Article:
Kunzite – pinky lilac

Diopside – clear, pale green to pale yellow. The variety Chrome Diopside is a lustrous emerald green.

Rhodonite – rose-pink, sometimes confused with Rhodochrosite which is streaked with white.


Aquamarine and Emerald are both members of the Beryl family, which belongs to the cyclosilicate group. Red Beryl and Golden Beryl are the names of the gemstones given the Beryl name. Other members of the family are the greeny-yellow heliodor, pink Morganite and colourless Goshenite.

Iolite – blue to violet grey. Iolite is pleochroic which means that it changes colour depending on the angle of light, from blue to yellowish grey.

Sugalite - creamy purple.

Another gemstone family in this group is Tourmaline, which is not, as many believe, a single gemstone. Elbaite is what we think of as Tourmaline, which comes in a variety of colours. The blue variety is also known as Indicolite, the pink or red variety called Rubellite and the green Verdelite. There is also a pink and green combination known as Watermelon Tourmaline. There are other minerals within this family but the most common for jewellery making is Schorl, an opaque black, known as Black Tourmeline.


Chrysocolla – greeny-blue chrysocolla is too soft to use in jewellery in its pure form, so it is converted into an agate (chalcedony quartz) to give it stability.

Prehnite – pale green to yellow with black flecks

Serpentine - olive green, golden yellow, yellow and black


The Feldspars fall within this group:

Amazonite – bluish-green

Labradorite - browny-grey, but displays a colourful shiller in certain lights, with flashes of blue, green yellow or violet, known as labradorescence.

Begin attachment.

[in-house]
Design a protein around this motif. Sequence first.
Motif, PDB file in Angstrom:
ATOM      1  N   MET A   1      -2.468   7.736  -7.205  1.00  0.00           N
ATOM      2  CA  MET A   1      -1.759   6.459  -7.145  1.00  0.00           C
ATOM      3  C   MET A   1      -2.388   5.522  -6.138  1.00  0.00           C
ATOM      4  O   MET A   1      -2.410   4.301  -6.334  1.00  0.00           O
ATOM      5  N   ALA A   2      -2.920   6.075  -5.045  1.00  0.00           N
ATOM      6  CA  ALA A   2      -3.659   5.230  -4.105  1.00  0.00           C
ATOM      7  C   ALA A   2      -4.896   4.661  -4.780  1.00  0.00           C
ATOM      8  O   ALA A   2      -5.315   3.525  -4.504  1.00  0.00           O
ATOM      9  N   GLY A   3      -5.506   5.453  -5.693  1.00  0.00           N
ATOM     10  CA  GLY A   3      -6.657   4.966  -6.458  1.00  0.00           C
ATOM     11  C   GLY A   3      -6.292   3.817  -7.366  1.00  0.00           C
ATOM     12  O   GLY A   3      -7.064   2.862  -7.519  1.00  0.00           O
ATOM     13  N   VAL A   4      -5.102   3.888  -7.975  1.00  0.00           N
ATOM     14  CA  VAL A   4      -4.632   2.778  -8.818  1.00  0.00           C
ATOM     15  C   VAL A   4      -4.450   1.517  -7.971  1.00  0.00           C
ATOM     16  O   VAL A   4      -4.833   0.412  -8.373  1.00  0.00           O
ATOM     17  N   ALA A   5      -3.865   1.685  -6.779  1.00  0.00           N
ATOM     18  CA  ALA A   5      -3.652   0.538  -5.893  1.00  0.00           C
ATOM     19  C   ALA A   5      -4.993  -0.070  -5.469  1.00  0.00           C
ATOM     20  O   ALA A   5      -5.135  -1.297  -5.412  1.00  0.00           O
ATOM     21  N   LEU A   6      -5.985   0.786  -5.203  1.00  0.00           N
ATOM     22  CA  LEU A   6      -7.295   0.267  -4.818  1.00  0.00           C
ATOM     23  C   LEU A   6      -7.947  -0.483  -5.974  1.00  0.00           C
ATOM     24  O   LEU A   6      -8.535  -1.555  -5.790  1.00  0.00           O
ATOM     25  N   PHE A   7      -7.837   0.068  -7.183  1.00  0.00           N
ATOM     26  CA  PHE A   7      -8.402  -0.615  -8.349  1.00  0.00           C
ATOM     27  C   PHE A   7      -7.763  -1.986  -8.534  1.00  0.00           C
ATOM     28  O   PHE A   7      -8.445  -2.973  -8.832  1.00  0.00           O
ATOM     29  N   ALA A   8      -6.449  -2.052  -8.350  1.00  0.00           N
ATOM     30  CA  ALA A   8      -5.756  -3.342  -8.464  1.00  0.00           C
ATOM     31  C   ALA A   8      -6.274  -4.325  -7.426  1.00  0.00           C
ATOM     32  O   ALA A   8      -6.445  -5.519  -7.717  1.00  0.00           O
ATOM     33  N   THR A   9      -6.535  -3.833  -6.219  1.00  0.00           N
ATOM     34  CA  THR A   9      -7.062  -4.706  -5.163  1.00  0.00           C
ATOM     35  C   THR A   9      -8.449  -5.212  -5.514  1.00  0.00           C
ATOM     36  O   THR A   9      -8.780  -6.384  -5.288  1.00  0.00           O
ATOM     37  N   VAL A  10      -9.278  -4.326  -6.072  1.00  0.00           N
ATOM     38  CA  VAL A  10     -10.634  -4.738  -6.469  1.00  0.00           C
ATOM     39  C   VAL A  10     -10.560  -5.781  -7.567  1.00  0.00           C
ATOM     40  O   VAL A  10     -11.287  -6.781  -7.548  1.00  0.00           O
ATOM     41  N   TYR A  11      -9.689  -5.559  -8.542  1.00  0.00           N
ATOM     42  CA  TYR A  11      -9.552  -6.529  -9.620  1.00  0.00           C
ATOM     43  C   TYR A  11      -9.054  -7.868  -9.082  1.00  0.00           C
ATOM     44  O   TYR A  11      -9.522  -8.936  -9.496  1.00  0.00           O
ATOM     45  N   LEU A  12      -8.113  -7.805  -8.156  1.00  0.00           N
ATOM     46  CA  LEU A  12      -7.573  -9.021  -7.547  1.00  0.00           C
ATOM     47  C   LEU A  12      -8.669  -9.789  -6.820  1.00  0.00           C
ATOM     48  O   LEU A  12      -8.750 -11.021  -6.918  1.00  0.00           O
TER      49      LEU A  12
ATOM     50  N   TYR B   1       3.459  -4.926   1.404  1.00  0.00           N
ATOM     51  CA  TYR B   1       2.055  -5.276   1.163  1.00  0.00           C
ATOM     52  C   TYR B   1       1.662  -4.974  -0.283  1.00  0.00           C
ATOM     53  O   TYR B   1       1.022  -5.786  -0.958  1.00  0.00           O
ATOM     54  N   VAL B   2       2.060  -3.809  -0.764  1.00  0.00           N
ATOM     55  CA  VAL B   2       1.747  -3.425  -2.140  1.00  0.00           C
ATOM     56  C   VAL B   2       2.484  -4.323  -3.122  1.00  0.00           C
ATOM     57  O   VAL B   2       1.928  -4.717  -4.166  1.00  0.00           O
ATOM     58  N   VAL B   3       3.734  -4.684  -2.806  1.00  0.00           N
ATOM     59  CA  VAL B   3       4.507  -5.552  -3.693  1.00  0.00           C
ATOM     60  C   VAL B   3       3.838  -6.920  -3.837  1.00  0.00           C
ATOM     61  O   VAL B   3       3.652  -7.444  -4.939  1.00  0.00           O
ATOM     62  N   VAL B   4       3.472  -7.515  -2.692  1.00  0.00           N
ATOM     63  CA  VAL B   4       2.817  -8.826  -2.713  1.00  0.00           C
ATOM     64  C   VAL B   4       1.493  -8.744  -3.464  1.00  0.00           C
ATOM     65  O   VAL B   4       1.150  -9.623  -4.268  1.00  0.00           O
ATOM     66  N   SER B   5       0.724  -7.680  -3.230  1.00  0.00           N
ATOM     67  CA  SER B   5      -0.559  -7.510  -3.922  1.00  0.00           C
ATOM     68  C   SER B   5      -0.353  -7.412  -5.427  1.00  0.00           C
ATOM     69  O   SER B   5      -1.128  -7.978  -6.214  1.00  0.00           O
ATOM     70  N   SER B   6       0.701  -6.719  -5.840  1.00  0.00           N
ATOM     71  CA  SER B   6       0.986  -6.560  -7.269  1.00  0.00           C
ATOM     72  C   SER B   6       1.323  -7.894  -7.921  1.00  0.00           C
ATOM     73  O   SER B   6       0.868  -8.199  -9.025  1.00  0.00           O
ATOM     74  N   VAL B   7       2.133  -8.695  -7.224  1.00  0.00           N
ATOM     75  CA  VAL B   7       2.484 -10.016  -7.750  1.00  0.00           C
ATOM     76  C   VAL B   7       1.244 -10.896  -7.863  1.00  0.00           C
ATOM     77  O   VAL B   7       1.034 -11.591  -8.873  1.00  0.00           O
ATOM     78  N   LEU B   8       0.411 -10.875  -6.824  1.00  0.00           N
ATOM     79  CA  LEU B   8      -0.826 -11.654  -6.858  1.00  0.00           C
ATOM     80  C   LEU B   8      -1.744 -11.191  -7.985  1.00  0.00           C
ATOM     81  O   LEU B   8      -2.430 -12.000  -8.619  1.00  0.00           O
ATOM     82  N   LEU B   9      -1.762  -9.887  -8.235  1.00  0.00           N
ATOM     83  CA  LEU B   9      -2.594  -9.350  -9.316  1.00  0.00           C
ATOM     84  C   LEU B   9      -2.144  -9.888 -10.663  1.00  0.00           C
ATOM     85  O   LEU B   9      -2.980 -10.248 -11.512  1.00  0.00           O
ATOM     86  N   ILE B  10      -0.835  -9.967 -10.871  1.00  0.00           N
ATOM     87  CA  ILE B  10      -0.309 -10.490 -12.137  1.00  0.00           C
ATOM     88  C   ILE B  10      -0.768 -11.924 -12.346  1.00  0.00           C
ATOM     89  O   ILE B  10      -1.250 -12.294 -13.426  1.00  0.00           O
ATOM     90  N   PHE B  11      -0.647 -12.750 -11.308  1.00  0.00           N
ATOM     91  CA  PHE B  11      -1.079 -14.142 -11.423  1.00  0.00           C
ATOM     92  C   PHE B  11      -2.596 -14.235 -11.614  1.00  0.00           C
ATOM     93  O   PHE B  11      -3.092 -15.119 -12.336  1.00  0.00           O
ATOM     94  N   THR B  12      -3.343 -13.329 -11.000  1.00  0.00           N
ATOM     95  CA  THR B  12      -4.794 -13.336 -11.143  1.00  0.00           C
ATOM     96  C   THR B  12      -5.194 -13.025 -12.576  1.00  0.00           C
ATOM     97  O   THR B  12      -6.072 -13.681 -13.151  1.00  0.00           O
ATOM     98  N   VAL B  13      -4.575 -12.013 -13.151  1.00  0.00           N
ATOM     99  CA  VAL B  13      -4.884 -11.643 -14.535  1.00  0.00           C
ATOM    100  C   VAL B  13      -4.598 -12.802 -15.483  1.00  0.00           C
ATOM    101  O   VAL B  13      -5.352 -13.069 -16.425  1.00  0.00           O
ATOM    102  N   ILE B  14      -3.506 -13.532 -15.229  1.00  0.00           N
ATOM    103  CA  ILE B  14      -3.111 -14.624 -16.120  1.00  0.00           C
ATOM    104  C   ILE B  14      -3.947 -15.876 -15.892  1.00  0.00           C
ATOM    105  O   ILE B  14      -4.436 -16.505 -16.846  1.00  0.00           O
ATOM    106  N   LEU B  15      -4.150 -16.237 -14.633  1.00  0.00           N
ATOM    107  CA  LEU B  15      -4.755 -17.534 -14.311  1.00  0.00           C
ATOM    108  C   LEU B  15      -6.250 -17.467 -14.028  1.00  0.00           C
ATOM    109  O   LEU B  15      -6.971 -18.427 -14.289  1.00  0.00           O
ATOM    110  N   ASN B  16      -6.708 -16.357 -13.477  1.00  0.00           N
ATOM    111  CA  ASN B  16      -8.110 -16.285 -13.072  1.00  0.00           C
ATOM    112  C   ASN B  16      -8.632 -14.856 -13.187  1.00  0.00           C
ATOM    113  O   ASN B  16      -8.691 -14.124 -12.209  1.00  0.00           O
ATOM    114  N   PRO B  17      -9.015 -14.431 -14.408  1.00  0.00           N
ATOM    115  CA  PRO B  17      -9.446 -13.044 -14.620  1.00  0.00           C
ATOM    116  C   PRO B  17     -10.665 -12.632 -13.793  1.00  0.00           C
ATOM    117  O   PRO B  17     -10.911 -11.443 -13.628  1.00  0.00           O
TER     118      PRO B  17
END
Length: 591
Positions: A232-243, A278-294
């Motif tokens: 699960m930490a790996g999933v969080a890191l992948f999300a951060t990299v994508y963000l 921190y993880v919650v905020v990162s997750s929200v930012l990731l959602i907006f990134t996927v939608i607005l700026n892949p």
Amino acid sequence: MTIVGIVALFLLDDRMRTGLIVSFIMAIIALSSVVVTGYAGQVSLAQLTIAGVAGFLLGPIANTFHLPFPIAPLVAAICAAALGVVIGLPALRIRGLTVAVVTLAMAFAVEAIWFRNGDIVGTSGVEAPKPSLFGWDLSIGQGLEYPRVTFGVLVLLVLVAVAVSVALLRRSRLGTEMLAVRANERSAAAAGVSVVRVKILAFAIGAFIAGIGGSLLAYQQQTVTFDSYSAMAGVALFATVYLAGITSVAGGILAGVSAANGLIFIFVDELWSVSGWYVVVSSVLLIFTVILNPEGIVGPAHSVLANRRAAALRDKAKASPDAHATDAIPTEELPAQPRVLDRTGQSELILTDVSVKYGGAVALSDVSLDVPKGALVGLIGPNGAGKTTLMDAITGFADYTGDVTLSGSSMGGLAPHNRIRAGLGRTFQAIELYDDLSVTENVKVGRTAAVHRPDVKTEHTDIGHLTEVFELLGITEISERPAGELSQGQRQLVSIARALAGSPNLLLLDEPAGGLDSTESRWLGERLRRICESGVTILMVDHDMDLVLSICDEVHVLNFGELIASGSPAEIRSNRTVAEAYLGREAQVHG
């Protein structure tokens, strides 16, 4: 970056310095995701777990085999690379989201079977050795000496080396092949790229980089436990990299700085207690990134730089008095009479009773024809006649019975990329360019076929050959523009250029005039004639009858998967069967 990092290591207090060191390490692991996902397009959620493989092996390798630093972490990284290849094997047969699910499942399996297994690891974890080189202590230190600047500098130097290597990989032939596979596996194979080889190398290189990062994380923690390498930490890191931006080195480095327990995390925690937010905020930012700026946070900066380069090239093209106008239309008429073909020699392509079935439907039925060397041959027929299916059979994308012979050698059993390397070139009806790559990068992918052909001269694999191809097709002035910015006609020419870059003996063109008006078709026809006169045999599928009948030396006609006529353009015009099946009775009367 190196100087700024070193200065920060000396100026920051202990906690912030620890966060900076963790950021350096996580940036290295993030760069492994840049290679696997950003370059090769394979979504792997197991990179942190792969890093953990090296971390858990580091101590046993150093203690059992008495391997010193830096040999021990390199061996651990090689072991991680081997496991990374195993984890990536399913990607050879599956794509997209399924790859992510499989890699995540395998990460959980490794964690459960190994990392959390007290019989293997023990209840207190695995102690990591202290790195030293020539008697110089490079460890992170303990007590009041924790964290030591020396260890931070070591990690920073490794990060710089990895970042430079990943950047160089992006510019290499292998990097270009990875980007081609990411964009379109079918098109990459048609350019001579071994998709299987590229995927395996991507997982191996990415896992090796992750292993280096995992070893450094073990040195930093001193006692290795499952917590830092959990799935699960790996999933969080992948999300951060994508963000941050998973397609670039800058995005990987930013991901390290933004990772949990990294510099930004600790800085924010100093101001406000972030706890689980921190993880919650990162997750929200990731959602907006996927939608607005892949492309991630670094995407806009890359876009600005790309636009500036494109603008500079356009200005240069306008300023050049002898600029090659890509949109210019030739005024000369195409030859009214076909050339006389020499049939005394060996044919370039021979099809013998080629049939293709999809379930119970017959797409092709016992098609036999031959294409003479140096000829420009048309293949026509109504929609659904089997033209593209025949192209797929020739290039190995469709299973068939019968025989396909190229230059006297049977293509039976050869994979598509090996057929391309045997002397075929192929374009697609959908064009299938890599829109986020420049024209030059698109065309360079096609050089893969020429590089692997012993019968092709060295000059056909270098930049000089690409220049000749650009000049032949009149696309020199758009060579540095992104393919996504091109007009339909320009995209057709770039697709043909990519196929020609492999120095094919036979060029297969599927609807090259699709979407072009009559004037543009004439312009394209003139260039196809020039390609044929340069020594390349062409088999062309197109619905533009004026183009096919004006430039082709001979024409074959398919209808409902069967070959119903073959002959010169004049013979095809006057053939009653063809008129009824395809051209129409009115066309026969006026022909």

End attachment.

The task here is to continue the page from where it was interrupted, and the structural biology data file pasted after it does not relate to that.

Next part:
Sodalite - Sodalite contains sodium (hence its name)and its blue-white appearance is reminiscent of stone-washed denim.

Lazurite is one of the components of lapis lazuli and from which lapis lazuli derives its rich blue colour. Lapis can also contain calcite, pyrite and sodalite to varying degrees, depending on its quality.

Moonstone – colourless but with a labradorescent shimmer.

Sunstone – flashes of reddish colour, also with a labradorescent shimmer.

The Quartz Family of gemstones are also within the Tectosilicates:

Ametrine – amethyst and citrine

Amethyst – purple, lavender

Aventurine – green, but also orange, brown, yellow, blue and grey.

Citrine – lemony shades of yellow

Onyx – black, white, banded

Rock Crystal – clear, crazed when heat treated.

Rose Quartz – pink (quartzes with fruit names such as Cherry Quartz or Strawberry Quartz are not forms of Rose Quartz but made from glass).

Sardonyx –reddy brown formed by layers of onyx and sard.

Smoky Quartz – grey-black, brown

Tiger's Eye – golden yellow shot through with brown iron, providing the chatoyancy (tiger's eye) effect.


Within the quartz family are the Chalcedonies, finely grained microcrystals (rather than single crystals) which impart patterns and bands to the stones. These include the stone named Chalcedony, a sky blue, and Chrome Chalcedony, green, along with all of the varieties of Agate and Jasper. Bloodstone (the birthstone of all we Arians, also known as Heliotrope) is a green Jasper shot through with red spots of iron oxide.

Other chalcedonies are:

Carnelian – orange to red

Chrysoprase – green

Sard – Brown, brownish-red

Also coming within the Tectosilicates group is Opal. The best opals have a luminescence lacking in poorer quality stones. Flashes of all colours within the stone, depending on the light.


Celestite - blue


Pyrite – Fools Gold. Metallic brassy yellow

With thanks to Eurico Zimbres and Raike for the photographs

POSTSCRIPT: Diamond is classified as an element. Being the hardest of all minerals it is in a class of its own!

Please browse through my collections where you will find many of these beautiful stones in unique jewellery designs which you can buy for yourself or someone special.